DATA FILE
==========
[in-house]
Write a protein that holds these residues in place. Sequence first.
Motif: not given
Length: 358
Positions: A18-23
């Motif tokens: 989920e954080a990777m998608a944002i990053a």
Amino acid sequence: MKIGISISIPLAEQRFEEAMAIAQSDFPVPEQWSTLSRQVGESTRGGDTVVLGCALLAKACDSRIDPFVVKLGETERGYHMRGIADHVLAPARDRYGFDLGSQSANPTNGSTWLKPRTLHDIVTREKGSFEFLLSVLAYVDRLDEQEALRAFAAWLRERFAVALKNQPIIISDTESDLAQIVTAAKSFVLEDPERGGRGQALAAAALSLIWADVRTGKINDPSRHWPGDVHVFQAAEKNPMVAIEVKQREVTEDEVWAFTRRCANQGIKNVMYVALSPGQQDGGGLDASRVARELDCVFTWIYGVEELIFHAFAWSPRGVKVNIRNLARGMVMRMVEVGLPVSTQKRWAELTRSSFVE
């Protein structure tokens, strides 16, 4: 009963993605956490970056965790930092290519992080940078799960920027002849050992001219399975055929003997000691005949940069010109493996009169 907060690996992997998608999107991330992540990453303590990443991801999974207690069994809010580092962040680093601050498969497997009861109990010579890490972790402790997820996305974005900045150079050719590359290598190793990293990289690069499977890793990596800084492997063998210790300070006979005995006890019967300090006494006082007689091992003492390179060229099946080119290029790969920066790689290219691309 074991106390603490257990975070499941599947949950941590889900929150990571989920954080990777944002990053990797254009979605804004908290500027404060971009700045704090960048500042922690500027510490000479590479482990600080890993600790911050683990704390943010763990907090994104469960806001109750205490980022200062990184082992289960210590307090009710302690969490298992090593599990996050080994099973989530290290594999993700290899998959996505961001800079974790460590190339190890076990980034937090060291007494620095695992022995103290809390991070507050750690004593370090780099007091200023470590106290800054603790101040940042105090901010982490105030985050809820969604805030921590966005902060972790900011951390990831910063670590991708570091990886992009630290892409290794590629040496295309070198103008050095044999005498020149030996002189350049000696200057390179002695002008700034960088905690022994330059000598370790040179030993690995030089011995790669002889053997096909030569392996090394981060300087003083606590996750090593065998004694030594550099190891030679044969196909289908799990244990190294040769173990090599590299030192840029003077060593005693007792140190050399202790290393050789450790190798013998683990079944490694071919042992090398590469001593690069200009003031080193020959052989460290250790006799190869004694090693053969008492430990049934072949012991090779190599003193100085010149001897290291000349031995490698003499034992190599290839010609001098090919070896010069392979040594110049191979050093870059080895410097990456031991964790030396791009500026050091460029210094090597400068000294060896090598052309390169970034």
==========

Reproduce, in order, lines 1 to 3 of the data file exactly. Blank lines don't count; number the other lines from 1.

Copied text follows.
[in-house]
Write a protein that holds these residues in place. Sequence first.
Motif: not given